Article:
There are often pressures, implicit and explicit, to ignore reality. As leaders we need to face the truth, no matter how difficult it may be.
Japan is known for many things, among them one of the lowest crime rates in a developed country. Japan also boosts a murder clearance rate of about 95%, 19 out of 20 murders are solved.
Critics, however, paint a different picture. Some have argued that Japan intentionally suppresses the statistics by how they define murder, to the point of pretending a murder isn’t a murder. In Bruce Wallace’s Japan’s police see no evil article in the Los Angeles Times Wallace interviews former police who describe a culture in which they will avoid autopsies and seeking evidence which might suggest murder unless they are likely to solve the case. By doing so, they claim the death was not a murder and then whether or not it gets solved keeps the murder rate down and the clearance rate up. A Vox article describes forced confessions, true or otherwise, to help keep the clearance rate high.
There’s an implicit argument for all this. A high murder rate and/or low clearance rate upsets people. This is true in general, and we certainly see frustrated populaces in high crime communities. In Japan, a society that values harmony more than most, unsolved murders undermine the very fabric of society. Some may argue that a certain number of unsolved murders is worth that trade off.
You’re probably not one of those people. Many readers, Japanese or not, may take issue with the policing. Denying the facts does not change reality. The disharmony from admitting the truth pales in comparison to the harm done by letting murderers go free.
In your job you probably don’t encounter many murders and consequently have no pressure to reclassify them otherwise. But what things, not as egregious as murder, do you, your team, or your company, choose to ignore?
When Blue Bell Creameries detected listeria, CEO Paul Krause ended the quality control program to test for the deadly bacteria. As with Japan’s murder clearance rate, a policy of don’t ask don’t tell led to some very “successful” metrics. Also, as with Japan’s policing, pretending it wasn’t a problem didn’t prevent further deaths, at least ten cases and three deaths were linked to the company.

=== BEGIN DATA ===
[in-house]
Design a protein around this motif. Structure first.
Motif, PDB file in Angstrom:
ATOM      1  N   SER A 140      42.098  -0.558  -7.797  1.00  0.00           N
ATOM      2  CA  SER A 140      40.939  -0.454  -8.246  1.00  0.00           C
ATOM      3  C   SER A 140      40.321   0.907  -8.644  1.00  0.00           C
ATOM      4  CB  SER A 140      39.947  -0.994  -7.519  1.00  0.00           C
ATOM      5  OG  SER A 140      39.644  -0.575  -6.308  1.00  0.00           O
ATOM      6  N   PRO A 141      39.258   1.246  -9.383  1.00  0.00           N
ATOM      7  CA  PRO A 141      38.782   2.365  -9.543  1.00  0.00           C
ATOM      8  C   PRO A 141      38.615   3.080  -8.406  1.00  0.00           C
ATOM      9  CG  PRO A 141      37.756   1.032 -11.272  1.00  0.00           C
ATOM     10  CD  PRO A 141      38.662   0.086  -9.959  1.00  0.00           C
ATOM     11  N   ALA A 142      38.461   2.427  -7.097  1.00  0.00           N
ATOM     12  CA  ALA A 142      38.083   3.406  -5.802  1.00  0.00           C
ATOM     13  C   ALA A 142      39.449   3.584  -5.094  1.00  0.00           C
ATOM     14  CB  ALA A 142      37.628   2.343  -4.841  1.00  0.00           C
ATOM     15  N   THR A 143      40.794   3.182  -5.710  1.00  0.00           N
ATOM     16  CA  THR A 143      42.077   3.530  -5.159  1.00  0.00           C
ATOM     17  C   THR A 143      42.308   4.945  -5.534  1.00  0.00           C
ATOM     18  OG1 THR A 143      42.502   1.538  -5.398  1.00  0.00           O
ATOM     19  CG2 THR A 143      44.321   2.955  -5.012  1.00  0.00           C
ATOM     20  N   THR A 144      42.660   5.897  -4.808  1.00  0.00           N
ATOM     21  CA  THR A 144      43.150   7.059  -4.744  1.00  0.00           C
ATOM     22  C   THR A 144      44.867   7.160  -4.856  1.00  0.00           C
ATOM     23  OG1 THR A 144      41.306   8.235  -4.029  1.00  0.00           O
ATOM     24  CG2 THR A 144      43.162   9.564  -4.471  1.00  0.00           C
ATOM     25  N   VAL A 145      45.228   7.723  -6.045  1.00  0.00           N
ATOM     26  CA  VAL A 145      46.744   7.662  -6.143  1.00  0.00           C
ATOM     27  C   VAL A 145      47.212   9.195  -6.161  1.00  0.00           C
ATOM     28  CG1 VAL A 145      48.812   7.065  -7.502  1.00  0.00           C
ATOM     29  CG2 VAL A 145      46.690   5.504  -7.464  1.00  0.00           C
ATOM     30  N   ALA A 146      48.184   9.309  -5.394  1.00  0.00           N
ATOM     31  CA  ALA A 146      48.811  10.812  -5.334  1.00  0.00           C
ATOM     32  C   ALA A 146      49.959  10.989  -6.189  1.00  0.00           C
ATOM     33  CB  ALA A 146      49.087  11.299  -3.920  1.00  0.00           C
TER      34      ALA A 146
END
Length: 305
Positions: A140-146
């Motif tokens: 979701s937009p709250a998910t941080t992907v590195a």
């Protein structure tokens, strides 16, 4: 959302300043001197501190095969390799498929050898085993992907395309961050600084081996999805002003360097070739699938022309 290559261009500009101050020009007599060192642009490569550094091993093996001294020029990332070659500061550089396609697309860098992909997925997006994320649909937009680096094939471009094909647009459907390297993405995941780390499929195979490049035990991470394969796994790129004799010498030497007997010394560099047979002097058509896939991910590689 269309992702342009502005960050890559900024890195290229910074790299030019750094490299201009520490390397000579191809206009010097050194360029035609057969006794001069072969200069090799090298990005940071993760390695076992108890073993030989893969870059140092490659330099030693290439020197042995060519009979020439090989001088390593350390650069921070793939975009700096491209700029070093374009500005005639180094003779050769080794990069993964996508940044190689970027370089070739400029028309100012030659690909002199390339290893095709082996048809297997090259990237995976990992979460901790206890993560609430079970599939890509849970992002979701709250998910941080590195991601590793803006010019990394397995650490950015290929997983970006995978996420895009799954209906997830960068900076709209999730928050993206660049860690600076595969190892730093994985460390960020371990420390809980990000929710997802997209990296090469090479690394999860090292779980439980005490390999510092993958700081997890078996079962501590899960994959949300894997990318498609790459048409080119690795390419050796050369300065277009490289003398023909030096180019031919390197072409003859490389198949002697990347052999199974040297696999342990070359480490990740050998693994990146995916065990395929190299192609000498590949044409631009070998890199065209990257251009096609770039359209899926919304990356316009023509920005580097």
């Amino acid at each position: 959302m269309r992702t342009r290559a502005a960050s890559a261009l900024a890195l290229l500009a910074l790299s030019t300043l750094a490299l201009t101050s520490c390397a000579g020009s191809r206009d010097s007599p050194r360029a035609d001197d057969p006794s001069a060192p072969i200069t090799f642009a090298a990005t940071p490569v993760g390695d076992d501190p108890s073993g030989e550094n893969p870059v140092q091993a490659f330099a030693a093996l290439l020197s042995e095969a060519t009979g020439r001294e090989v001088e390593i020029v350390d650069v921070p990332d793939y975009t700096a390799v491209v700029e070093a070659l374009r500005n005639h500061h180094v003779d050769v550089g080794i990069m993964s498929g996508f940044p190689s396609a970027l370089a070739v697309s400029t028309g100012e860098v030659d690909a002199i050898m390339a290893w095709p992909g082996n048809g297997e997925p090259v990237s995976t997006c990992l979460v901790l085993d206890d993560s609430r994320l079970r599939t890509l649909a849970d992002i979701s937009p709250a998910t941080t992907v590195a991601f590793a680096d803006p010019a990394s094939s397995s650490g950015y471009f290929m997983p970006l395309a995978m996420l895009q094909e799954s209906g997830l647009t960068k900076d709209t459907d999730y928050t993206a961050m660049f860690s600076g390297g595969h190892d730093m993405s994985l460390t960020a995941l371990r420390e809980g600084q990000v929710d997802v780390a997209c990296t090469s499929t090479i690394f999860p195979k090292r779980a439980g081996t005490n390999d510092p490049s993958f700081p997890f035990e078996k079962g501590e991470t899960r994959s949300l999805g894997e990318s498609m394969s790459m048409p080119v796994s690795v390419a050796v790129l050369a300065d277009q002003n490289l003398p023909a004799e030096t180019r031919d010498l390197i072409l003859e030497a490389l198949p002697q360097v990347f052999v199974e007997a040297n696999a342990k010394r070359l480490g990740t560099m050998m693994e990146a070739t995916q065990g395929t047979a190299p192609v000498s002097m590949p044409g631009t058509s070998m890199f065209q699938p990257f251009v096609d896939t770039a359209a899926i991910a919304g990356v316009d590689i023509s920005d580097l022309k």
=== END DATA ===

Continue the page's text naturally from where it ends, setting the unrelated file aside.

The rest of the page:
Again, your decisions and your products probably aren’t life or death. It may be rigging emissions data, which “only” harms the environment. It might be pretending the project is on time when it isn’t, or that the component is better quality than it really is.
As leaders we do a disservice—to our teams, our customers, our shareholders, and ourselves—when we choose to ignore reality. In concluding his report on the Space Shuttle Challenger disasters, Richard Feynman famously wrote, “For a successful technology, reality must take precedence over public relations, for Nature cannot be fooled." He argued that NASA’s culture of silencing risk to ensure good headlines put them on a collision path with reality; one that in this particular case led to seven tragic deaths.
It always reminds me of the cartoon character who runs off a cliff. For a few seconds the character stays suspended in midair, unaware of the lack of terra firma beneath his feet. But inevitably reality sets in and the comedic fall ensues. Pretending gravity doesn’t exist doesn’t make it go away. Likewise pretending the data isn’t what it is, doesn’t change reality.
While you may not put lives at risk, chances are you make decisions every day. Often, we need to incorporate bad news into our thinking and people, systems, and culture sometimes pressure us, explicitly or implicitly, to ignore the bad news, or at least discount it in some way. As a leader you have a responsibility to make sure the reality you see isn’t silenced in the name of harmony.
It’s critical to learn about corporate culture before you accept a job offer but it can be awkward to raise such questions. Learn what to ask and how to ask it to avoid landing yourself in a bad situation.